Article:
The latest version of Volkswagen most popular model gets lower prices and new engines, reducing company car tax.
Perhaps more than any other manufacturer, Volkswagen is accused of adhering to the old adage “if it ain’t broke, don’t fix it”. The Golf is Volkswagen’s best-selling car worldwide, as well as its most popular model in the UK, with an image of dependability built up over seven generations.
Even when shaken by the diesel emissions scandal in 2015, when Volkswagen admitted cheating emissions tests in the US, the brand's sales in Europe didn’t seem to falter.
That aberration aside, customers know what they’re getting, and the Golf has long been a favourite of fleets, its range effortlessly spanning job-need to user-chooser, as well as being a popular private buy.
For 2017 the seventh-generation Golf has been honed with subtle styling changes and new equipment. Prices are lower for most of the range, according to Volkswagen.
While this might not result in much difference in trans-action prices for fleets, it certainly gives the Golf greater company car appeal with lower P11D prices reducing BIK tax bills.
It’s difficult to compare like for like on the outgoing price list as many models had evolved into ‘special editions’ such as the Match Edition and GT Edition, while the figure for the entry point to the range, the 1.0 TSI S, stays the same.
But the SE Nav used in our price comparison undercuts the previous Match Edition by almost £400 (although the SE is £1,140 lower), while the GTD is lower by more than £250.
Fleet customers are likely to opt for the 1.6 TDI SE Nav, priced at £23,340, with emissions of 102g/km. On this model company car tax will cost around £75 per month (20% tax payer).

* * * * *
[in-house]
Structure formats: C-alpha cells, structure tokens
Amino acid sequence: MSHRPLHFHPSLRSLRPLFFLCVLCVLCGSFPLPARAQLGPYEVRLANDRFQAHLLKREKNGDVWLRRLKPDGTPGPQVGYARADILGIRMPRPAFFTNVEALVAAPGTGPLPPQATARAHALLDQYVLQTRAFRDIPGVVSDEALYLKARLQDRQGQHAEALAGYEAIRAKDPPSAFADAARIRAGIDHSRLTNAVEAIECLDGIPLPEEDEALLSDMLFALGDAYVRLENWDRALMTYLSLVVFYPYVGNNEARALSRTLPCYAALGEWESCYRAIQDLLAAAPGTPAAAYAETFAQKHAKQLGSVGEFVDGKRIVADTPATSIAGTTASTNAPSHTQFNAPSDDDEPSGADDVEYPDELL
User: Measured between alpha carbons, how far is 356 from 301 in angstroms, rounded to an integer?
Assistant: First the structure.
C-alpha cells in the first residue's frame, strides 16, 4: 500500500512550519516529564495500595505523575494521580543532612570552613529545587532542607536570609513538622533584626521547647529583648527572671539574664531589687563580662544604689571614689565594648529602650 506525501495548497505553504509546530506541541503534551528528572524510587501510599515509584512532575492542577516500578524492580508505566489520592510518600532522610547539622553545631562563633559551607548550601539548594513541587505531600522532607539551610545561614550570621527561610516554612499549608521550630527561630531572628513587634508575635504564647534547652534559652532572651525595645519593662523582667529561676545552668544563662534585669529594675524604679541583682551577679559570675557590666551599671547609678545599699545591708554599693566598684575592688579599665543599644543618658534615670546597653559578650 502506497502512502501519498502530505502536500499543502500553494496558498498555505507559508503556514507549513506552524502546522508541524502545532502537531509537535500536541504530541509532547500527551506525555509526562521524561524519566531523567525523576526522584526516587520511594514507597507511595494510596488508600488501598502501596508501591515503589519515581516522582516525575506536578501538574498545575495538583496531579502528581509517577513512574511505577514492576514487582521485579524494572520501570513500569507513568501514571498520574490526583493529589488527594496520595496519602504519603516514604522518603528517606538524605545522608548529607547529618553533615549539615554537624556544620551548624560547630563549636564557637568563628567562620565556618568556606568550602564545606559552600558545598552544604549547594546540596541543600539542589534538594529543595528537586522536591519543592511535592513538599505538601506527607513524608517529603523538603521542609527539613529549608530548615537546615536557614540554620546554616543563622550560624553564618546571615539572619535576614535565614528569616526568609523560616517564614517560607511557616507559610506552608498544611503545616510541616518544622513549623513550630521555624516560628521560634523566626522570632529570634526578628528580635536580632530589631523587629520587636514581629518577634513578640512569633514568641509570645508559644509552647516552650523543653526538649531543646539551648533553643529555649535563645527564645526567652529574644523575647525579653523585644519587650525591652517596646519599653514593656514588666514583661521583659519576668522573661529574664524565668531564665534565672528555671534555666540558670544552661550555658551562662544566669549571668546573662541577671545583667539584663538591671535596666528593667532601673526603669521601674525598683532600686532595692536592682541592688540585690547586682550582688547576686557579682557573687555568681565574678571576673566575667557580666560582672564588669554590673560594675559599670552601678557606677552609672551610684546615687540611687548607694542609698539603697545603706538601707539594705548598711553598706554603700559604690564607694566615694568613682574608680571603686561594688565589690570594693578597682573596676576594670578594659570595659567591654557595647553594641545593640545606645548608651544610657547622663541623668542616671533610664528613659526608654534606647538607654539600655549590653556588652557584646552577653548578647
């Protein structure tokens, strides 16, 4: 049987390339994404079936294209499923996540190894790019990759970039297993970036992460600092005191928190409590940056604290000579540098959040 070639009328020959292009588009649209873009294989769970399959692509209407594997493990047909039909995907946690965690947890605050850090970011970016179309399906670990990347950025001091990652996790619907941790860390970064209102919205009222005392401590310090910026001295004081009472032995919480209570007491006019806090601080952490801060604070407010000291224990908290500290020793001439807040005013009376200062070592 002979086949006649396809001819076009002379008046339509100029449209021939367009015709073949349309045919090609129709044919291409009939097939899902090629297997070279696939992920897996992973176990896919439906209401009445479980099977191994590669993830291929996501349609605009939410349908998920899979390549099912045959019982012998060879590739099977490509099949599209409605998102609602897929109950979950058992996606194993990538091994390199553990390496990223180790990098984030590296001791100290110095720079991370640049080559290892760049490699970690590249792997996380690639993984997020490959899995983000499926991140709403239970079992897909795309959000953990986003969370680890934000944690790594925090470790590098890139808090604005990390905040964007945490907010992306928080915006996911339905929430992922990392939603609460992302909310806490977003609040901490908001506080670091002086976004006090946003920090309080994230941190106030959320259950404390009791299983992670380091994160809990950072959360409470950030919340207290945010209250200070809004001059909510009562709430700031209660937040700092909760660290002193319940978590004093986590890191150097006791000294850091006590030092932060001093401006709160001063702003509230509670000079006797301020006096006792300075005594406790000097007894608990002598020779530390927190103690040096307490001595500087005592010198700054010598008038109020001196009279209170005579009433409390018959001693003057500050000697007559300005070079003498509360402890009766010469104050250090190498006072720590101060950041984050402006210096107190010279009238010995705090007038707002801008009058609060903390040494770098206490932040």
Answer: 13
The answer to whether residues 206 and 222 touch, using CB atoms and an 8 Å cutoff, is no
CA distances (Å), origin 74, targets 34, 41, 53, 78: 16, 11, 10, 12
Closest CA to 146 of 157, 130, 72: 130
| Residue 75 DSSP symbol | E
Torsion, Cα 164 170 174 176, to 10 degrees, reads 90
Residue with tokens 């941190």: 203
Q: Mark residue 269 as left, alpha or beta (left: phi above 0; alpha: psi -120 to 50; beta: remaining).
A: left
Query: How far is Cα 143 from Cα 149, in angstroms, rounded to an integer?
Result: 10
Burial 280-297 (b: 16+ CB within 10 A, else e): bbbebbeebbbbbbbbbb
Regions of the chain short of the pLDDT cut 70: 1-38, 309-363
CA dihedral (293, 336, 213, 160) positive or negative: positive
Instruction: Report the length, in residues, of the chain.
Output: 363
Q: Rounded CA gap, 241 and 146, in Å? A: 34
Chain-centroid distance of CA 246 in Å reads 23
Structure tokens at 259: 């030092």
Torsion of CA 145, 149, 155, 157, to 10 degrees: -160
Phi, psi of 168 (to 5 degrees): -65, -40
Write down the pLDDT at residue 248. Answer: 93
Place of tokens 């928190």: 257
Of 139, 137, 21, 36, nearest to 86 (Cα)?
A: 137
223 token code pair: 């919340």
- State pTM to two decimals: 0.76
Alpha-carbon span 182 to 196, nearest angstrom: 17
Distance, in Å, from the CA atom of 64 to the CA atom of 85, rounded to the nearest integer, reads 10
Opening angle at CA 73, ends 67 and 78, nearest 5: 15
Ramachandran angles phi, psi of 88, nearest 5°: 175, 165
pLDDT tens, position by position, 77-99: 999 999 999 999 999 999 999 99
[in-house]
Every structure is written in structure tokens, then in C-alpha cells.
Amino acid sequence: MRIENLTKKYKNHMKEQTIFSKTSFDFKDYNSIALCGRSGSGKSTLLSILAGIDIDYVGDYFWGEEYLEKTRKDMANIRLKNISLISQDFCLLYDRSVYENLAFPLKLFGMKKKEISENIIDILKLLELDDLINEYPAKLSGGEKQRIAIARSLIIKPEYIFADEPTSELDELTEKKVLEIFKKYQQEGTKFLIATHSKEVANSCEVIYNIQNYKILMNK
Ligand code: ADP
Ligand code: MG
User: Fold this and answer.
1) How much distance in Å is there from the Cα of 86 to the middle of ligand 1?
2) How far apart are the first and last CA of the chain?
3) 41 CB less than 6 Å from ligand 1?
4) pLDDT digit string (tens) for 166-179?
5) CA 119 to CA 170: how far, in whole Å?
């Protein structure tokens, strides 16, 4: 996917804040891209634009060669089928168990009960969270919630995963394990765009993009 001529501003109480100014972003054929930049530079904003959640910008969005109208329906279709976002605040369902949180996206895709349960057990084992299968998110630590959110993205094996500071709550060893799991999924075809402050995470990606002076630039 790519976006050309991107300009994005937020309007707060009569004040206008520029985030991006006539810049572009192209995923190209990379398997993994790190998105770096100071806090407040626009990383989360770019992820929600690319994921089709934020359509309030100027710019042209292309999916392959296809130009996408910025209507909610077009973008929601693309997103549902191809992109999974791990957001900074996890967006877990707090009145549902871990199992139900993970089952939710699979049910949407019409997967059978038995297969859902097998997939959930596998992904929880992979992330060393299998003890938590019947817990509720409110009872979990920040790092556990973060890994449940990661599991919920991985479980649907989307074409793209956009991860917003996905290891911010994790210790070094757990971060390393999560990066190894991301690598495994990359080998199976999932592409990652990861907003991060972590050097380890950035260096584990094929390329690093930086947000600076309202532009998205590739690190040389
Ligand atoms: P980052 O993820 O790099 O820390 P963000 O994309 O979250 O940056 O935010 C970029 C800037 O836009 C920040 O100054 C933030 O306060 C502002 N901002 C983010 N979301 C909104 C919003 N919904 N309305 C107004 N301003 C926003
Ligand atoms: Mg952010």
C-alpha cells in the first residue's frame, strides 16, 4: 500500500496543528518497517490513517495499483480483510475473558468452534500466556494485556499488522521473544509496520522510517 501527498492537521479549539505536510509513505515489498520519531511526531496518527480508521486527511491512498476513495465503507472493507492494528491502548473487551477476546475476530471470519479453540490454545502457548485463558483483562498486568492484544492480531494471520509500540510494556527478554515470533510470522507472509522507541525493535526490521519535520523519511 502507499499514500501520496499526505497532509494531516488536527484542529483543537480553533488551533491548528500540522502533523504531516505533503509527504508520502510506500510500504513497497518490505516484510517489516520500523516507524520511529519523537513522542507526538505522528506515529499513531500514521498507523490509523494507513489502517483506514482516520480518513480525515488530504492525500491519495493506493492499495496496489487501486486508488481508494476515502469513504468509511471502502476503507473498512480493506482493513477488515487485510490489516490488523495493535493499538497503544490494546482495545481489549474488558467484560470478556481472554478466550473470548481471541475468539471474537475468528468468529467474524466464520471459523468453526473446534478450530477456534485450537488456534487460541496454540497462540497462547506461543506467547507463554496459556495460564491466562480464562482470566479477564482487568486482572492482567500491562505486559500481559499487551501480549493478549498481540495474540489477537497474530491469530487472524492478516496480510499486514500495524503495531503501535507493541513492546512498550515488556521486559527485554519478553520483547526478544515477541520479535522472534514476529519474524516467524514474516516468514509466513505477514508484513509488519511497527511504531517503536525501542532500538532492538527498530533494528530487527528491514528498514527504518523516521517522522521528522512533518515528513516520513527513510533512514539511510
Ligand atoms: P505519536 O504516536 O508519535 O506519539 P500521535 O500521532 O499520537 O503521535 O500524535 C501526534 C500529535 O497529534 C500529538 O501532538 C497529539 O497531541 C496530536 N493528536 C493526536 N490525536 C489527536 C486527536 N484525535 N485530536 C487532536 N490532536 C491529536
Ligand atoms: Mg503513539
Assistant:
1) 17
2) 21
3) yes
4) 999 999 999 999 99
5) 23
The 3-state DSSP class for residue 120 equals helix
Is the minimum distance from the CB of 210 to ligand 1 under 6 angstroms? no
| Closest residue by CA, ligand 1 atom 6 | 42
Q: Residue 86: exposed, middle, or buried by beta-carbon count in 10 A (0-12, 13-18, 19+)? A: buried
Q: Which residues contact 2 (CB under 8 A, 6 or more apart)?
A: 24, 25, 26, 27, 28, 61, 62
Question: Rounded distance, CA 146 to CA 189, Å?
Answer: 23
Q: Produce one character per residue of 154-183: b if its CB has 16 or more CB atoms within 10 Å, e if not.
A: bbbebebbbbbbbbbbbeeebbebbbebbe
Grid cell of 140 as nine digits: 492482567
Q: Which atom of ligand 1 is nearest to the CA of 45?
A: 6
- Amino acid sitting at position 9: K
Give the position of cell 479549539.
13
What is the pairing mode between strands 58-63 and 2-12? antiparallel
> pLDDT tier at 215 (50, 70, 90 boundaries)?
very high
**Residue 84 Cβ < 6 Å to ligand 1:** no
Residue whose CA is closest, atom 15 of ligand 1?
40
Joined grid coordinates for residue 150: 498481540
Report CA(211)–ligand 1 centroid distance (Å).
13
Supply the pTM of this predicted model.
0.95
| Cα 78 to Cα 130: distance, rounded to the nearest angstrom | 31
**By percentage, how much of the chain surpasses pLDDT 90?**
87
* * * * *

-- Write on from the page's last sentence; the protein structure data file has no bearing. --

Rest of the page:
A new 7-speed DSG gearbox is available across the range and helps to reduce CO2 figures by up to 10 g/km. All Golfs also feature BlueMotion Technologies such as a stop-start system and regenerative braking.
New for the 2017 model year are several hi-tech features, including Traffic Jam Assist – a semi-autonomous mode for automatically keeping pace with stop-start traffic – and Emergency Assist, which can detect if the driver appears incapacitated, and initiates a series of alerts to encourage a response. The system will conduct an emergency stop if the driver has failed to respond.
The Golf is also offered with the Discover Pro navigation system, which includes gesture control for certain functions.
Also new is the 150PS 1.5 TSI petrol engine, which replaces the 1.4 TSI in the outgoing model and offers active cylinder management (shutting down two cylinders when coasting or on low throttle load) to save fuel and reduce emissions. A 130PS version of this engine will feature in the new Golf Bluemotion. It avoids the expense and complexity of a TDI with AdBlue, and the 3% diesel supplement on company car tax, so could be an interesting option for low-mileage users.
On the road, little has changed. The car remains smooth and comfortable, but responsive enough to appeal to the driving enthusiast, particularly in the more performance-oriented variants.